Trevor Rosenthal

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Free Agent Friday

Trevor Rosenthal (Robert Beck/MLB Photos via Getty Images)

On November 3rd, 2021, the Oakland Athletics let star reliever Trevor Rosenthal walk to free agency. The 31-year-old reliever didn’t make a single appearance in any uniform affiliated with the Athletics in 2021 and was subsequently let go when the season was over. In order to understand why the Athletics would just let a star reliever that they spent $11 million to bring in walk to free agency, we need to look back at Rosenthal’s career in whole.

A Kansas City local, Trevor Rosenthal played most of his amateur career in the city between both high school and community college. In 2009, after pitching just 4 2/3 innings and playing mostly at shortstop, the St. Louis Cardinals decided to draft Rosenthal in the 21st round of the 2009 MLB Amateur Draft. Even though they had only seen Trevor in limited time on the mound, they decided that a player who could hit 90+ MPH with barely any experience could be a pretty good pitcher.

Rosenthal would start to gain experience pitching immediately in 2009, making 14 relief appearances in the Rookie League for the shortened season. He wouldn’t perform fantastically in those appearances, with a 4.88 ERA and a 1.46 WHIP, but considering he was still learning the position, it was still somewhat promising. On top of this he threw a very promising 9.8 K/9 and relatively low 3.8 Walks/9.

Trevor Rosenthal would live up to this promise in 2010, throwing a 2.25 ERA and transitioning to the rotation in Rookie League before being called up to Single-A for 2011. He would have a somewhat high ERA in Single-A of 4.11, but would throw a 9.9 K/9 and 2.9 BB/9 while pitching in the Single-A championship clinching game and winning it with a good performance. He would also be a Single-A All-Star during this season.

Due to this promising talent, Rosenthal was called up for Spring Training at only 22-years-old in 2012. Although he impressed in his brief stint at the major league level, the World Series winning Cardinals squad did not have room for him on their team. This would lead to Trevor starting half the season in Double-A and make the Double-A All-Star team while absolutely dominating in 17 starts. On July 16th, 2012, Rosenthal would be called up to the majors and, outside of a few brief trips to Triple-A in 2012, would remain in the majors until 2019.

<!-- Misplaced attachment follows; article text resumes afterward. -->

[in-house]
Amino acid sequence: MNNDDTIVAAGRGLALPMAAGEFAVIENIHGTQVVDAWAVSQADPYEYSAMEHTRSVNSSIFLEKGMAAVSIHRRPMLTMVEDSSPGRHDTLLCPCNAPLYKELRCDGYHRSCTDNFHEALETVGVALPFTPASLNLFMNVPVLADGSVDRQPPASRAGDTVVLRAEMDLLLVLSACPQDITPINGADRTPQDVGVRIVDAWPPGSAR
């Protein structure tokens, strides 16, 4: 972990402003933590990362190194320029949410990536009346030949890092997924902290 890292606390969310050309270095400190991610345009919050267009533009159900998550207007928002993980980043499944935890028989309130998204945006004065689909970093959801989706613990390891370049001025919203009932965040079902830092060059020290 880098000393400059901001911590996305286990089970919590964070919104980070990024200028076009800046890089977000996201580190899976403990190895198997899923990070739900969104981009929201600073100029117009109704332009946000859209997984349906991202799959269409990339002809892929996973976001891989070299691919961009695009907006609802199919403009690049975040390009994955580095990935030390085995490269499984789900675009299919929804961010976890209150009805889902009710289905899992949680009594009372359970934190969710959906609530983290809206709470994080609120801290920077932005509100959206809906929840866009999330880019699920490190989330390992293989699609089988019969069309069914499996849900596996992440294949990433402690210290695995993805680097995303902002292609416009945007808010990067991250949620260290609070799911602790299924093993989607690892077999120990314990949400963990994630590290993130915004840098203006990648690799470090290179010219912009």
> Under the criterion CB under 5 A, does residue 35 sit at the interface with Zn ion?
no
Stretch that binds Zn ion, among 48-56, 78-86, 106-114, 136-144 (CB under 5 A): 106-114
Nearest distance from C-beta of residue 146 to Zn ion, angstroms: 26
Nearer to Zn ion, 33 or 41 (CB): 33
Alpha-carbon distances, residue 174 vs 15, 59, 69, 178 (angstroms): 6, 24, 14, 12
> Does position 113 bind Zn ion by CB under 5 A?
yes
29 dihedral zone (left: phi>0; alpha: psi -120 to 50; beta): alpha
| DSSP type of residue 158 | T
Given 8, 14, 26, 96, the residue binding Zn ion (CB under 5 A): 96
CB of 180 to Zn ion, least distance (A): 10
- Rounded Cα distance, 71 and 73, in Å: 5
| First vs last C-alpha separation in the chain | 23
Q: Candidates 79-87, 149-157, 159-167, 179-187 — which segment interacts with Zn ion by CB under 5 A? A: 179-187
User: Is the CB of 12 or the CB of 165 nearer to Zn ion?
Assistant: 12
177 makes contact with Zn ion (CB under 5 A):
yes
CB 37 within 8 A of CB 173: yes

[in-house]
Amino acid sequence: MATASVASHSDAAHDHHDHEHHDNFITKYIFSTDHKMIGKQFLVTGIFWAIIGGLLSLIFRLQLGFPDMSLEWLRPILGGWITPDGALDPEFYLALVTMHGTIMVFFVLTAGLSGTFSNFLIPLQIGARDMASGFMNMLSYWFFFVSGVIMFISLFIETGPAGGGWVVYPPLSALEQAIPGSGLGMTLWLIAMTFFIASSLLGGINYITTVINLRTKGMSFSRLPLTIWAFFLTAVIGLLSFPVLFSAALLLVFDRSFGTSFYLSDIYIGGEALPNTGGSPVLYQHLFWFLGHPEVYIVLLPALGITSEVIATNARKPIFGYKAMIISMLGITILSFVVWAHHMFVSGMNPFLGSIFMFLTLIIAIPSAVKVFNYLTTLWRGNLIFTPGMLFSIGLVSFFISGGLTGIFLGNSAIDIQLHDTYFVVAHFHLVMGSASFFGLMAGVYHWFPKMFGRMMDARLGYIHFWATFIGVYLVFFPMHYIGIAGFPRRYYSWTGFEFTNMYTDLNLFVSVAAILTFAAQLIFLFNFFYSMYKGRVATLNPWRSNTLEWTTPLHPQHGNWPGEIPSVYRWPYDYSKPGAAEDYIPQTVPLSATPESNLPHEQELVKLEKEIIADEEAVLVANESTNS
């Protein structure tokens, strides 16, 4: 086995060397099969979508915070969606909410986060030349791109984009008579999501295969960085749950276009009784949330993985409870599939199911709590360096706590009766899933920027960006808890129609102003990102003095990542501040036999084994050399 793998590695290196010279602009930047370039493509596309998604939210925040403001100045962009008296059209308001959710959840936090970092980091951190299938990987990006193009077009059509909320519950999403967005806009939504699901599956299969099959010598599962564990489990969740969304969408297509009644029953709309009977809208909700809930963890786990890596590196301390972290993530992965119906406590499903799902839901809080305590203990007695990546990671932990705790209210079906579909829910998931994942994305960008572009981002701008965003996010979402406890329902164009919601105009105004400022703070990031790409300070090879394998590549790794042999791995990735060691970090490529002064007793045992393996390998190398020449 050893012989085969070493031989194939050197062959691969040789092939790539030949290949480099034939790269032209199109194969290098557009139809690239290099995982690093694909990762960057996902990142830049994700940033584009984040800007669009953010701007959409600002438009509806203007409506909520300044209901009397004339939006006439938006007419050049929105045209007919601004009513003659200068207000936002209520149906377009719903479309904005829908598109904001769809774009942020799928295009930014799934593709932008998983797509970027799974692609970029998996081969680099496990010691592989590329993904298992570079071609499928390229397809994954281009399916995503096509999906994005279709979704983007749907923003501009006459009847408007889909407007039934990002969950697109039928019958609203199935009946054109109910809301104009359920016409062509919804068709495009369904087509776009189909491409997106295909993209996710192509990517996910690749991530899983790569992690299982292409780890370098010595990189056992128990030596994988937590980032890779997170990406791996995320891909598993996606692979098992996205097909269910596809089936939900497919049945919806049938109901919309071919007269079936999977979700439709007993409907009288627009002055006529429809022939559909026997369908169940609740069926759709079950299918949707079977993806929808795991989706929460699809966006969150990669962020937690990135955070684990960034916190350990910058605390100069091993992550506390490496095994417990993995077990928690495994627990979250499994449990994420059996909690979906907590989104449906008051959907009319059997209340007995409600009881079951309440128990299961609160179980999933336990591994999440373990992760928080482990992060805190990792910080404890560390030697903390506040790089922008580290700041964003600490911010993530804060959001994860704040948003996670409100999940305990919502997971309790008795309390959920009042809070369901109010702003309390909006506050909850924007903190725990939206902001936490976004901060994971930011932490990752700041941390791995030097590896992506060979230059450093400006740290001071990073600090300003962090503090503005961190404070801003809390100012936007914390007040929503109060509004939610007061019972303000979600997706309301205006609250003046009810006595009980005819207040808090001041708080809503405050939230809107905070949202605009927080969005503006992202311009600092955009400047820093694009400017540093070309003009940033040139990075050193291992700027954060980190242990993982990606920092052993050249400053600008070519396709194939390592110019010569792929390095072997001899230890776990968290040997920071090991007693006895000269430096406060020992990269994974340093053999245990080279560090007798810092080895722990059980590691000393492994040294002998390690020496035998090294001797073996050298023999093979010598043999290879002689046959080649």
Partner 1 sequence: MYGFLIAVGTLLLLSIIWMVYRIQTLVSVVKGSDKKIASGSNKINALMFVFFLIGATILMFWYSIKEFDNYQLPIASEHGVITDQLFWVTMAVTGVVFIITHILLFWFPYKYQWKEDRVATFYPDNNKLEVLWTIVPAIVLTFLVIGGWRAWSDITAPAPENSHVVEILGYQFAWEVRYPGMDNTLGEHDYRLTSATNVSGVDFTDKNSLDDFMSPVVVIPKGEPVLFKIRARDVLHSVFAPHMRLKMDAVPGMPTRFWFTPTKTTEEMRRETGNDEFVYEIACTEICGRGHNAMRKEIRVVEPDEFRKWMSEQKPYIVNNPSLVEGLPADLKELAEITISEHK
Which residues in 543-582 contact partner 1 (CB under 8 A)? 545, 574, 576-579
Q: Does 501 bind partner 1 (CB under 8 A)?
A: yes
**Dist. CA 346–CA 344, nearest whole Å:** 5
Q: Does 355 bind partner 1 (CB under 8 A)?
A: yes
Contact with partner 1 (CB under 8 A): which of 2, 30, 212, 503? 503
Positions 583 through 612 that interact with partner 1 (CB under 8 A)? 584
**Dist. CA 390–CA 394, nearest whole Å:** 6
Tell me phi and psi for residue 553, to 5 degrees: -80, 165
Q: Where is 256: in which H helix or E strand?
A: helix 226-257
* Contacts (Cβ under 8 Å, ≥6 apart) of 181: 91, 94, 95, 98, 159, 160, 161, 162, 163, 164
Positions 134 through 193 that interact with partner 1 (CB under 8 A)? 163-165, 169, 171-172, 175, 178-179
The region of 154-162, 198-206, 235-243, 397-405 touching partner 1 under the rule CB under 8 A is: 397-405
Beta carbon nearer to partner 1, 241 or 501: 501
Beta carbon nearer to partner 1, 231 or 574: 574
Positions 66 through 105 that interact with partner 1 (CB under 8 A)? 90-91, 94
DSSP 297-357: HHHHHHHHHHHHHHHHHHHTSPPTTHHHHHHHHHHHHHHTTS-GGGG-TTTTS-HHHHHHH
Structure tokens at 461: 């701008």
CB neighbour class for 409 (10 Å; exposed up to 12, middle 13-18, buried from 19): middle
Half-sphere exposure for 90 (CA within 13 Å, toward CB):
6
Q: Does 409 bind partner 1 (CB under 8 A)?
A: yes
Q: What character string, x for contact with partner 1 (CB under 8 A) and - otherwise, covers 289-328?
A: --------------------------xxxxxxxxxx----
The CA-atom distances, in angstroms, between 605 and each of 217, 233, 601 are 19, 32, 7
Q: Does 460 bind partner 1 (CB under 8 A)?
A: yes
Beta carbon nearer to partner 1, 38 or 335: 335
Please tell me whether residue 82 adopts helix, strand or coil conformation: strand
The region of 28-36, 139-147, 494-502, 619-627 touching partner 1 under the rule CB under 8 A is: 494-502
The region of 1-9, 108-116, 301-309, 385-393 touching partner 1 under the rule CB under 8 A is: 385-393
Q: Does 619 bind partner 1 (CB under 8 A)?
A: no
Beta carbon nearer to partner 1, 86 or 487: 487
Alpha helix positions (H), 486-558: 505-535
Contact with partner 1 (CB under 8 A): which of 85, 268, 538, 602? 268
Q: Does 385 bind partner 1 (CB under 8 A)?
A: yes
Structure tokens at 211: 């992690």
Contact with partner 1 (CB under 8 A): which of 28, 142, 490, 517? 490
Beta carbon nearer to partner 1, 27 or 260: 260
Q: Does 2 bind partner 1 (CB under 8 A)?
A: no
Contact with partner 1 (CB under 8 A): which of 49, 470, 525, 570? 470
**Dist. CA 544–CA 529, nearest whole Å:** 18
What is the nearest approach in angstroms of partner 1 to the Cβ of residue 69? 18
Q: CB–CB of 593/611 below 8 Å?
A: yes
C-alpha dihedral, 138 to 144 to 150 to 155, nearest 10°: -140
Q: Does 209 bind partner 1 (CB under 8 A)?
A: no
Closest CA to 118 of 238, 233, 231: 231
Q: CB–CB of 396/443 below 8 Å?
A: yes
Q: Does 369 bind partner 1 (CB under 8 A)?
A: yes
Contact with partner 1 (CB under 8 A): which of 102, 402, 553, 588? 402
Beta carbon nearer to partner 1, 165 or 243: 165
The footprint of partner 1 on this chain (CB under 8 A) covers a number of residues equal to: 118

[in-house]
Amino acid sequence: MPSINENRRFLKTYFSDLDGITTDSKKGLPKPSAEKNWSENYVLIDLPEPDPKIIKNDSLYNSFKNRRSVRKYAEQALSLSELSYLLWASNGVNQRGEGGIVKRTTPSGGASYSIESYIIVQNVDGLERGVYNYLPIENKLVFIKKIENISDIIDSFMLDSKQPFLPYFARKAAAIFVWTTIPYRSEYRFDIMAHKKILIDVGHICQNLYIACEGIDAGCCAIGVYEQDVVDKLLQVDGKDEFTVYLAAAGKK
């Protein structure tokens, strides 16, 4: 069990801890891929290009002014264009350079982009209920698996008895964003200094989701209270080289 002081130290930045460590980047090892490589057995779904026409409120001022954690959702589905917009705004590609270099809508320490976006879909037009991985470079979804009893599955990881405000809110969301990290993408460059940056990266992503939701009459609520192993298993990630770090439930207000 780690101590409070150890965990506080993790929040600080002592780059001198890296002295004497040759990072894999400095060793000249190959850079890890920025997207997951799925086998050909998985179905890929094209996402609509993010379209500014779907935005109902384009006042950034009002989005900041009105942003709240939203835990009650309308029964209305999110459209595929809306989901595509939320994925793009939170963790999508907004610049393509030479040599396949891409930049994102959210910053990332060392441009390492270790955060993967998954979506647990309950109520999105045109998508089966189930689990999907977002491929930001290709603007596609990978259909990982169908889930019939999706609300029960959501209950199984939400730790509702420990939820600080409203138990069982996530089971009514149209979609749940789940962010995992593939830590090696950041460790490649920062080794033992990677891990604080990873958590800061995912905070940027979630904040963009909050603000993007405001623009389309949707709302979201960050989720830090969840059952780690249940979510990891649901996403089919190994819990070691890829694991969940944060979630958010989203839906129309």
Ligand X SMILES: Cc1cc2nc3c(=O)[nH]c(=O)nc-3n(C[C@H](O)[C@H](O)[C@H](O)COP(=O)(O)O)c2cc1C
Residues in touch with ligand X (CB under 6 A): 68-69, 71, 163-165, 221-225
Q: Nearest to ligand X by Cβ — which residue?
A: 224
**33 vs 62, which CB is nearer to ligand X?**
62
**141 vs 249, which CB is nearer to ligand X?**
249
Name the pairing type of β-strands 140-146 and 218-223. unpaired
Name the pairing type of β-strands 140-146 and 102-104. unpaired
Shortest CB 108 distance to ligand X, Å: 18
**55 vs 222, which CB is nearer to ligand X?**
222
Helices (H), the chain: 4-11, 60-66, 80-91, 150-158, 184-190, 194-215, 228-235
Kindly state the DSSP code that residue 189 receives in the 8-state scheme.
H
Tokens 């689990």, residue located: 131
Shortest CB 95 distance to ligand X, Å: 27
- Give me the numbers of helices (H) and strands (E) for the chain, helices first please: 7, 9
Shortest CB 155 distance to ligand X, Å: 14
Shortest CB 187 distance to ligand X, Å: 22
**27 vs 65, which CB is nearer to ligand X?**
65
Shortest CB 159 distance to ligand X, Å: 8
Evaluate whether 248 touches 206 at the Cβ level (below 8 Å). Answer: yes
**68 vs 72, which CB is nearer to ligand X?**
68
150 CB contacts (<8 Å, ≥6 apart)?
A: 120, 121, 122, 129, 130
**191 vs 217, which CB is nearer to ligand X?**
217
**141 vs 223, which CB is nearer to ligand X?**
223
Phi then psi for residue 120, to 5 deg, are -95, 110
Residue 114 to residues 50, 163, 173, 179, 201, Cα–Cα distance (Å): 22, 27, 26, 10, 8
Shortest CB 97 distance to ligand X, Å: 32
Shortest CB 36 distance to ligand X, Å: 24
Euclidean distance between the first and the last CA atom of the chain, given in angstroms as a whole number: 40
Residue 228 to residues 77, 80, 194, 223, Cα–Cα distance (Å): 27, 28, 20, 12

After making his MLB debut, Trevor Rosenthal would become an irreplaceable member of the bullpen immediately. In 2012, Rosenthal would finish with a 2.78 ERA in 22 2/3 innings pitched with a 9.9 K/9 and 2.8 Walks/9. Following this he would become an integral part of the Cardinals’ playoff roster, allowing 0 runs in 7 appearances during the playoffs and striking out half of the batters he faced.

He would follow this up with an even better performance in 2013, throwing a 2.63 ERA with a 12.9 K/9 and 2.4 BB/9. On top of this, he would continue his postseason scoreless streak, allowing 0 earned runs in 11 2/3 innings of work while being named the closer during the failed World Series run. His playoff scoreless streak would come to an end in 2014, but his regular season dominance would continue as he would pitch a 2.65 ERA with an 11.0 K/9 and 4.3 BB/9 in 2014 and 2015 combined. During the 2015 season specifically, Trevor Rosenthal would have a few eye-popping accomplishments.